R eality and Dreams has a typical Spark plot, artificial and suspenseful as a mystery thriller, full of clues and malice, yet elusively allegorical. Its apparent center is Marigold’s mysterious disappearance on Page 85, almost exactly halfway through the book, after Tom has recovered from his fall and finished his movie. Is Marigold dead, or just trying to get attention? Leave it to a Spark character to try to seize center stage by vanishing. Marigold’s parents, who never noticed her much except to deplore her, are forced to think about her, and her father discovers that she has “[s]triking looks, not good-looking in fact plain ugly. But striking.”

But in Spark’s world, appearances (and disappearances) are deceiving. Sometimes what seems to be central is really peripheral, and a throwaway plot point turns out to be the story’s symbolic heart. As the book opens, Tom is working on a movie about a rich man who sees a girl flipping burgers at a campsite and decides to leave her a vast fortune. It’s based on his own experience, a moment when he caught sight of such a girl and had an impulse to give her all his money (or rather, all his wife’s money, since the family money actually belongs to Claire). The focus of his movie, however, winds up being not the hamburger girl, but the benefactor’s girlfriend, who is played by Rose, a star with huge box-office draw.

When Tom begins an affair with Rose, the actress who plays the hamburger girl becomes jealous. “I was deliberately photographed in half-profile all the time, so I wouldn’t be recognised. The light always, always, blotted me half out,” she complains to Claire.

“You were meant to be half blotted out,” Claire tells her.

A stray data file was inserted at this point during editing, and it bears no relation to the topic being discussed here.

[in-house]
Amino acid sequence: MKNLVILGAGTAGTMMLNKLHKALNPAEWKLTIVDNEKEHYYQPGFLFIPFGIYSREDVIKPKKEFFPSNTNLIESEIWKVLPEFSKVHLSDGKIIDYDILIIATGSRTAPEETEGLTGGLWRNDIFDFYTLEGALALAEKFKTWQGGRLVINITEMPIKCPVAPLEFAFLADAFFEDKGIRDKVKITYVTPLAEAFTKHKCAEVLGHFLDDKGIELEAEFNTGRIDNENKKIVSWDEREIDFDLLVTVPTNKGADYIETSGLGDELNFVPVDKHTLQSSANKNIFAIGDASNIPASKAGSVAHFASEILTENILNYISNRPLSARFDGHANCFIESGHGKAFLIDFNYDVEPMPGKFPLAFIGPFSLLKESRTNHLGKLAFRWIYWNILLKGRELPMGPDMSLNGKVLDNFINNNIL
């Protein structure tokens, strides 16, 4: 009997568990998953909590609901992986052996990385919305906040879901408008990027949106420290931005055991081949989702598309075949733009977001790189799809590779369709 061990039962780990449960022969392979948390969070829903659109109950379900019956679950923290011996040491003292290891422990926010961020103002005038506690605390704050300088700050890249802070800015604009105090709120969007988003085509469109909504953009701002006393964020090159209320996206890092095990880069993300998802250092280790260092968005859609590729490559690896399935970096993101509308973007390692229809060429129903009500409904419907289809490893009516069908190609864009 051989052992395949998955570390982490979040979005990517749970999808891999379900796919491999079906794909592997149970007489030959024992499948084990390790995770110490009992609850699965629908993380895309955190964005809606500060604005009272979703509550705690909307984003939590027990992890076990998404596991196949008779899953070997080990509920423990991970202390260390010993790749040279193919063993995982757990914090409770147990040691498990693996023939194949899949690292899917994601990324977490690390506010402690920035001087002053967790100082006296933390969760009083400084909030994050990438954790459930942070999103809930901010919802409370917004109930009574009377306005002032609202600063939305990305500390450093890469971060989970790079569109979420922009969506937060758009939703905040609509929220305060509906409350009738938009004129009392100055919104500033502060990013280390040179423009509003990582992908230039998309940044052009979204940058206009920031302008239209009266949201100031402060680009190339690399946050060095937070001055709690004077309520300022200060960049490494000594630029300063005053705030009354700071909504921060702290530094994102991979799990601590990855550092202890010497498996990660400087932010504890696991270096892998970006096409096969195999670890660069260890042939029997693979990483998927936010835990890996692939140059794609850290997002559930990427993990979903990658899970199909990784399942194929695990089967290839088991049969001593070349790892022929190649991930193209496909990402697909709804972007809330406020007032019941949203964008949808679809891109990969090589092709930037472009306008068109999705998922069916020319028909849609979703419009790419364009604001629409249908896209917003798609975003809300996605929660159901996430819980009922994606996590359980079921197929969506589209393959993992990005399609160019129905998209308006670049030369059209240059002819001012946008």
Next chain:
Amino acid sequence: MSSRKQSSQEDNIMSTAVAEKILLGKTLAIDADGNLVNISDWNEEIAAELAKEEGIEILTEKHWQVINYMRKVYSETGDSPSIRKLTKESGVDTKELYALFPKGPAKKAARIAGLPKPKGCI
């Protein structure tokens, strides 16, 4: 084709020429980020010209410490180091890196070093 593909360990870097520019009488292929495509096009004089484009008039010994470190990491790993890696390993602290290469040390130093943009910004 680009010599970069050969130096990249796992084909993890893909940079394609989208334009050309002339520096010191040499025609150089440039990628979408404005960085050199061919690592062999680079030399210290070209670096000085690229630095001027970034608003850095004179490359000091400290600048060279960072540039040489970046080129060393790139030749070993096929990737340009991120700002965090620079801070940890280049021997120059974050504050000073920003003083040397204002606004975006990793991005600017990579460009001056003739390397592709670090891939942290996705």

Memento Mori was about death; Reality and Dreams is about a sort of half death: being made redundant, being half blotted out. Spark was in her prime when she wrote Memento Mori. As she draws closer to mortality (may it be many novels away!), she has taken up the question from the perspective of the artist. Is it possible, she asks, to become famous while disappearing? What happens to an artist whose characters refuse to cooperate? Just who is in charge, anyway? And (as Tom wonders in the book’s opening line) are we all characters in one of God’s dreams?

We know, of course, whose dreams Tom is a character in. By putting the question in his mouth, Spark is implicitly comparing herself to God. Similarly, her title teases her readers, inviting us to draw parallels between her personal history and the story she tells in the novel, though she declines to supply the necessary details about her life. (Curriculum Vitae, the memoir she published a few years ago, politely fends off the curious.) Such self-referential questions can be pointless and irritating, and books that dwell on them generally belong in a category that one friend of mine calls “art about art supplies.” Unfortunately, Reality and Dreams doesn’t transcend this category. The main characters are too mean to care about, and it’s painful to watch everyone pick on Marigold–even her author–whether or not she deserves it. Still, for barbed wisdom, surprises, and technique, there’s no one like Spark. If she wants to write a sketch of her pencil box, I for one will gladly read it.